Speaking of cars, I will probably need to replace my current car at some point in the next year or so, and will follow my standard routine “By a late-model used car still under warranty,” but thanks to Cash For Clunkers, whichever car I buy will be far more expensive than it would’ve been without the government retail-car subsidy.

    1. They have made children a luxury item. Laws like car seat laws and such were passed by do gooder yuppies who think that since they can afford it everyone can. Basically the only people who can afford children these days are rich yuppies and people so fucking poor they just don’t give a shit.

      1. My wife and I are being responsible and waiting and I’ve noticed this everywhere I turn.

      2. If you can’t be wealthy, you might as well be poor. That way, if you want to have kids, the government pretty much gives you all the money you need. If you are working or middle class you’re pretty much screwed.

    2. Right, Jennifer. We recently purchased a larger vehicle in order to accommodate two car seats. I recall sitting in the front seat of my mom’s old Nova when I was only 5 or 6 years old while my bro and sis rode in the back, but now I can’t put my oldest in the front seat until after she is 12 (not technically a law – yet – just a friendly “recommendation” by my local LEOs).

      Going the used-but-reliable route was our first choice, but we got better financing and overall lower monthly payments on a new car instead. I never consider how C4C affected the market.

      1. The only way to fight back is to calculate the increased carbon footprint required by carseat rules.

      2. My C4C experience is that I didn’t get anything out of it because I made the decision they wanted without their assistance. I went from a 20 mpg car to a 36 mpg about 6 months before they implemented the program. I got $500 for my old car.

  25. This crap on short credit card and mortgage contract comes from the same people who gave us the Internal Revenue Code and regulations. Why don’t they start by simplying their own damn documents before they start telling everyone else how to write theirs.

    1. You think this is somehow by accident or oversight?

      It is just as they designed it to be. Easy for the government to hide all its nasty sources of income while making private industry out to be some sort of bad guy who hides behind uber-complex financial systems.

  26. For anyone interested, Megan McCardle has been destroying Ms. Warren in a regular basis for the last couple of years. Here’s one of her pieces about Ms. Warren- Considering Elizabeth Warren, the Scholar

    1. Good. Mrs. Suderman regularly shows symptoms of Chronic Beltwayitis, which is too bad. Glad to see it hasn’t advanced to the terminal stage yet.

      1. McCardle’s takedowns of Warren are just devastating. If Warren had to go through a confirmation process they should read from McCardle in order to show how unqualified she is for the position.

      2. I think it is Ms McArdle and Mr. McArdle.

  27. Nick, Columnists who rely on anecdotal “I don’t know anyone like this” evidence damn themselves to pitfalls. Just because you don’t know anyone who doesn’t understand “too good to be true” deals does not mean they don’t exist, in large numbers, and aren’t exploited by lenders as a matter of practice. They are everywhere Nick (I would use that tired phrase “get out of the Beltway” but you don’t need to. Go hang out in SE sometime.) Sure, people have gone for “too good to be true” deals knowing better, but just saying to them “Hey, that’s your tough luck, see you on the streets” contributes to a potential social disruption I doubt anyone would stomach.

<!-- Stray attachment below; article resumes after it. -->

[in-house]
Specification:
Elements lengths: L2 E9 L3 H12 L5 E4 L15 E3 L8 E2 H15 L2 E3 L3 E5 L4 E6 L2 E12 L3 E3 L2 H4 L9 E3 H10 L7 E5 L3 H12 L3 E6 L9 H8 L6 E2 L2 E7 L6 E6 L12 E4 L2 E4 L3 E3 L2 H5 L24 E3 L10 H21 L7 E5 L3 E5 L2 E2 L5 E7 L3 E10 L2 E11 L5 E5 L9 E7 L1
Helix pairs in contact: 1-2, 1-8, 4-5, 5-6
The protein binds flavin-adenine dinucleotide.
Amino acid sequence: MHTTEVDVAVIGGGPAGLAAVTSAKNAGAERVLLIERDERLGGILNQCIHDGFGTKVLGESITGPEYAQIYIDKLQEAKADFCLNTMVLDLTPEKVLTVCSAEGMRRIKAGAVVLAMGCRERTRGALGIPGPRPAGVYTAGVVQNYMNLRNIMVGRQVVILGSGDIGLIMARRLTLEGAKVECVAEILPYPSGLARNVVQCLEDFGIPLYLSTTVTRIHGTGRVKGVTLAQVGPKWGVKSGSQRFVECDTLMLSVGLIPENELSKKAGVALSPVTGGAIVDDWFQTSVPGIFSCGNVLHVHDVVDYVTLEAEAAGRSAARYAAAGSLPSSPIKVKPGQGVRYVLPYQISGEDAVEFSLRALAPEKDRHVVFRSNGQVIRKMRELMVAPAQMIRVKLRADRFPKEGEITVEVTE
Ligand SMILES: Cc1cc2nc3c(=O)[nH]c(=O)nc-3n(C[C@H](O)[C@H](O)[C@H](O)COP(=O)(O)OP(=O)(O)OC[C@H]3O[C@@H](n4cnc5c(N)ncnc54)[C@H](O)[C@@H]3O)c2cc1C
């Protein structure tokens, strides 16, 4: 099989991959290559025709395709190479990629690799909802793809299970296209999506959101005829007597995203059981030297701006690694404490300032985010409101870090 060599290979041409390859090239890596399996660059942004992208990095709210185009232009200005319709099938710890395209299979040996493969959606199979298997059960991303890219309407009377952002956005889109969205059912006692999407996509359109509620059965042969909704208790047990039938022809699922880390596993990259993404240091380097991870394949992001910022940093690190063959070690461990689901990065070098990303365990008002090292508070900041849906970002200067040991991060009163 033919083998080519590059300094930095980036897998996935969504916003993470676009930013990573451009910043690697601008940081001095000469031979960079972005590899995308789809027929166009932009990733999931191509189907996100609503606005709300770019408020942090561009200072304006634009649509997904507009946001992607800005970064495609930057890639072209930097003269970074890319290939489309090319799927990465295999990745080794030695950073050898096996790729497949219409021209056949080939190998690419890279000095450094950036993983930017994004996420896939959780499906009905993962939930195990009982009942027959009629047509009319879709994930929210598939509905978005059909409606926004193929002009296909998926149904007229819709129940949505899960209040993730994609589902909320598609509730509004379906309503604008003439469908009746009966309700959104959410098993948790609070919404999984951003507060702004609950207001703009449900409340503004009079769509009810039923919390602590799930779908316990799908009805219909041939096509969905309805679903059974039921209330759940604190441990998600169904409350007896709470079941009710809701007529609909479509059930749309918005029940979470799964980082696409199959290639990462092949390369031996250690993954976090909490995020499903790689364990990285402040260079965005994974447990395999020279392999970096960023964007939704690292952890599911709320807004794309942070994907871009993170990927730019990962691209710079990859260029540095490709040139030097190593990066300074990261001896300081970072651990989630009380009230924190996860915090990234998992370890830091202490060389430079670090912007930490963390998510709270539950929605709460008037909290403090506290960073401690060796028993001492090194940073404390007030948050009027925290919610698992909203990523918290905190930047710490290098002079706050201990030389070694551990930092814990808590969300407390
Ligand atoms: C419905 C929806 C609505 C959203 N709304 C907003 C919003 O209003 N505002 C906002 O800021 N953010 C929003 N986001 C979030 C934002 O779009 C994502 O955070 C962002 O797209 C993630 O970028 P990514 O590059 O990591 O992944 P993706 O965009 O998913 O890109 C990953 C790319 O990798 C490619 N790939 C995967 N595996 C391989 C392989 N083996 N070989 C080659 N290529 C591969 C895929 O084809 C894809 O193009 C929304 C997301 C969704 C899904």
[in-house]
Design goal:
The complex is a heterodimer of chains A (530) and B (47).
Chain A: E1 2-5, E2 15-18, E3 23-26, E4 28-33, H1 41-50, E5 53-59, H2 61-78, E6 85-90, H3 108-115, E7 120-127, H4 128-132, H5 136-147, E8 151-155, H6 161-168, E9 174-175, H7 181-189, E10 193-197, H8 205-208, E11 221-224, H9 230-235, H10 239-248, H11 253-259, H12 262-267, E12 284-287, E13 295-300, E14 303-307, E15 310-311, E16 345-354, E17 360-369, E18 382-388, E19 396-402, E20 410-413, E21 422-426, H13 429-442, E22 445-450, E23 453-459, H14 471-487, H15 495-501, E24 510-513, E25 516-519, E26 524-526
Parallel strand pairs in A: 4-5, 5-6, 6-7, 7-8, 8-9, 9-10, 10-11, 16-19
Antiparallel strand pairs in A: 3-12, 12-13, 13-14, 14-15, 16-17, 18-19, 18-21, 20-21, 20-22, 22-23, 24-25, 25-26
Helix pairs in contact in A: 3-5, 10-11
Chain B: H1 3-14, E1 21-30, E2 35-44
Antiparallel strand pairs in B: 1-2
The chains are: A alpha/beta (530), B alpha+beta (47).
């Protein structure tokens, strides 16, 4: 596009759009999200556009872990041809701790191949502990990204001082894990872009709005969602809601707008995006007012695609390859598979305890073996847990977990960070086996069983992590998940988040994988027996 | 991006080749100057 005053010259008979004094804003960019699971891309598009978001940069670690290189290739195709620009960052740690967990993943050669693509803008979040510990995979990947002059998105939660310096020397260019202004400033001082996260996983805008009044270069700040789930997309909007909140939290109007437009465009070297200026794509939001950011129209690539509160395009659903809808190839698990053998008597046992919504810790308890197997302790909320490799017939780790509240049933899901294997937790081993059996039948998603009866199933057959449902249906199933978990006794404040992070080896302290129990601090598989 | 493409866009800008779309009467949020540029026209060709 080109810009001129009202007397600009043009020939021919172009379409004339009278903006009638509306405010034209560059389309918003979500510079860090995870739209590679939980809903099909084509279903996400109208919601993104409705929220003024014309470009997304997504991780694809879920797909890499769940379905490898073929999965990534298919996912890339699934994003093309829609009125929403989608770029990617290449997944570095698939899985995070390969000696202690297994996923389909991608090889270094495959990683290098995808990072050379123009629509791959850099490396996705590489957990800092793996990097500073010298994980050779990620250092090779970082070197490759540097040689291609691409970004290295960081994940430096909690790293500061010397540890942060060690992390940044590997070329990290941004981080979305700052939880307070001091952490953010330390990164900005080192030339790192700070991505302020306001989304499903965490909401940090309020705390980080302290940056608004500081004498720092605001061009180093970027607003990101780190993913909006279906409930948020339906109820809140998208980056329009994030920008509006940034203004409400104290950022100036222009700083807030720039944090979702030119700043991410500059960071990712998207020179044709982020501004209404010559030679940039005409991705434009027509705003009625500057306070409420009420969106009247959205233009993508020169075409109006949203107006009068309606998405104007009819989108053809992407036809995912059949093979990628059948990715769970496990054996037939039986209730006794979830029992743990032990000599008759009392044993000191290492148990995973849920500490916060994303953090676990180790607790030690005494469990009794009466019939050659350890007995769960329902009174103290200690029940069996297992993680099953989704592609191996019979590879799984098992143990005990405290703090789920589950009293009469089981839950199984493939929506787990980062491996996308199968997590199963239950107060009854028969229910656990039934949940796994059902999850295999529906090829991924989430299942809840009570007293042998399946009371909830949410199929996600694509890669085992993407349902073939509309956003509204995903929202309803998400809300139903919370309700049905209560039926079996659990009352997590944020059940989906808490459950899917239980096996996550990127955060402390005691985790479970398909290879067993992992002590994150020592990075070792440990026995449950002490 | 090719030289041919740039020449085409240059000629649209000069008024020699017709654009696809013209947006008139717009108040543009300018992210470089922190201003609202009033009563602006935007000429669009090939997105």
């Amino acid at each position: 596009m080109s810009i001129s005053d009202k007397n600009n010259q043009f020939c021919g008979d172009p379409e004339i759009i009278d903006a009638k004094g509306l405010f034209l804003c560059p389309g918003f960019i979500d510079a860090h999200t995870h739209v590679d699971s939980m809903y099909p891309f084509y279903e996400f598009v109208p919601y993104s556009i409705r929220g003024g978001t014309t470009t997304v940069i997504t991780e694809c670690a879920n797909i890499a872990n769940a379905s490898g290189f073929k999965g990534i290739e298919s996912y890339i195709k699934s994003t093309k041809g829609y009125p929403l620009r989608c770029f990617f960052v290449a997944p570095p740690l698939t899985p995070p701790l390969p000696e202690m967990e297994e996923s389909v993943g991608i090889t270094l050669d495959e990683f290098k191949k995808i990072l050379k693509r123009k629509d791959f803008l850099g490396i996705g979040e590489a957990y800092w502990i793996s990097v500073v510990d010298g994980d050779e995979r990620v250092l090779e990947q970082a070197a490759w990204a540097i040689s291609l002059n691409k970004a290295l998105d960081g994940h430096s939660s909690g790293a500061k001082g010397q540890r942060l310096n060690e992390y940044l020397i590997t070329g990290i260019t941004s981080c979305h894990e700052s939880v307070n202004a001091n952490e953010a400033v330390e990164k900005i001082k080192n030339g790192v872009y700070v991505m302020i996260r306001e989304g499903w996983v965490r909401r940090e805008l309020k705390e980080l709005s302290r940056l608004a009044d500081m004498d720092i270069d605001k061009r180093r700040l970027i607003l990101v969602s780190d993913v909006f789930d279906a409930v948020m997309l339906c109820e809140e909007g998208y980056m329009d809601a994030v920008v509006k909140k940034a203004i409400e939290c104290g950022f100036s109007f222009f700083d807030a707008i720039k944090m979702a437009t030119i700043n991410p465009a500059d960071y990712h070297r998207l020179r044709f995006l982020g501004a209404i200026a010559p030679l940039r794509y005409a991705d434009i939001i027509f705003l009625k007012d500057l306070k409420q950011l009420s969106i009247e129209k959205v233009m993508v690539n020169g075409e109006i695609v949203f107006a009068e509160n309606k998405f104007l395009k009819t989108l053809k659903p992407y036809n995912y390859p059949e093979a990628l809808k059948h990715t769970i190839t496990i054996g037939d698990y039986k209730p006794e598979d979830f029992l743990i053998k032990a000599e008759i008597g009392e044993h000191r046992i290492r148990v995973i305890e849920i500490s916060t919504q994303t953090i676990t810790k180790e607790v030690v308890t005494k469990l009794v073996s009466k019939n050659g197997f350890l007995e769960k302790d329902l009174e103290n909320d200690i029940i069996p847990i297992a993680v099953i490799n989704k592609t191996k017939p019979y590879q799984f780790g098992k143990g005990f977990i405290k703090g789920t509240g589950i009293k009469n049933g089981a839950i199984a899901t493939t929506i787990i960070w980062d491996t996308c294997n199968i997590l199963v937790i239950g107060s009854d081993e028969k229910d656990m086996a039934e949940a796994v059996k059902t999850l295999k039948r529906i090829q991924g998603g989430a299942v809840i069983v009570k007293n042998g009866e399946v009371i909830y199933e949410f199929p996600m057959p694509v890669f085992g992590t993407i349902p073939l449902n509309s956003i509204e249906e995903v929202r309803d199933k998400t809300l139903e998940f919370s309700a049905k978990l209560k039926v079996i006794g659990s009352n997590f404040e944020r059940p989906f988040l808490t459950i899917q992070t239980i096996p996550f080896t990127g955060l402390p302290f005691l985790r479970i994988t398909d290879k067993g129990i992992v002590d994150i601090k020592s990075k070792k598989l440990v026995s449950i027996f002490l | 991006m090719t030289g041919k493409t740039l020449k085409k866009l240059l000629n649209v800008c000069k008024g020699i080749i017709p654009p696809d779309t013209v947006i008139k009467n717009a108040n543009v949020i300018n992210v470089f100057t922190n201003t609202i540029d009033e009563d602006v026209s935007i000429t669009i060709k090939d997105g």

It seems to me–AT LEAST ON THE SURFACE–that financial documentation being held to at least the same standards as food products is a reasonable governmental practice under the rubric of “provide for the common welfare.” Small W. Shouldn’t even cause a great disruption of business to fair lenders.
    Can one object to practices and processes at the same time and expect anything to be resolved?

    1. Mr. Gladstone, try paying attention. All of that language that is in the contracts nowadays is as a direct result of a lawsuit that reasonable people at the time thought would never arise. That language is there for the protection of the consumer and the lender, not to somehow befuddle the masses into taking out more than they can afford. You seem to think that businesses thrive on displeasing and fooling their customers.

    2. “Sure, people have gone for “too good to be true” deals knowing better, but just saying to them “Hey, that’s your tough luck, see you on the streets” contributes to a potential social disruption I doubt anyone would stomach.”

      I could stomach it – no problem.

    3. A quick riposte: As I noted above, if lenders were actually on the hook for bad loans (as opposed to either selling off immediately to GSEs or getting bailed out), they would in fact hold borrowers to economically meaningful limits. Current recession notwithstanding, credit card debt is usually one of the most paid-off debts around, suggesting that people can afford what they borrow.

    4. Sure, people have gone for “too good to be true” deals knowing better, but just saying to them “Hey, that’s your tough luck, see you on the streets” contributes to a potential social disruption I doubt anyone would stomach.

      Actually, telling them “tough luck” would be really damn good incentive for future buyers to read their damn contracts and quit robbing us to pay for their stupidity.

  28. financial documentation being held to at least the same standards as food products is a reasonable governmental practice under the rubric of “provide for the common welfare.”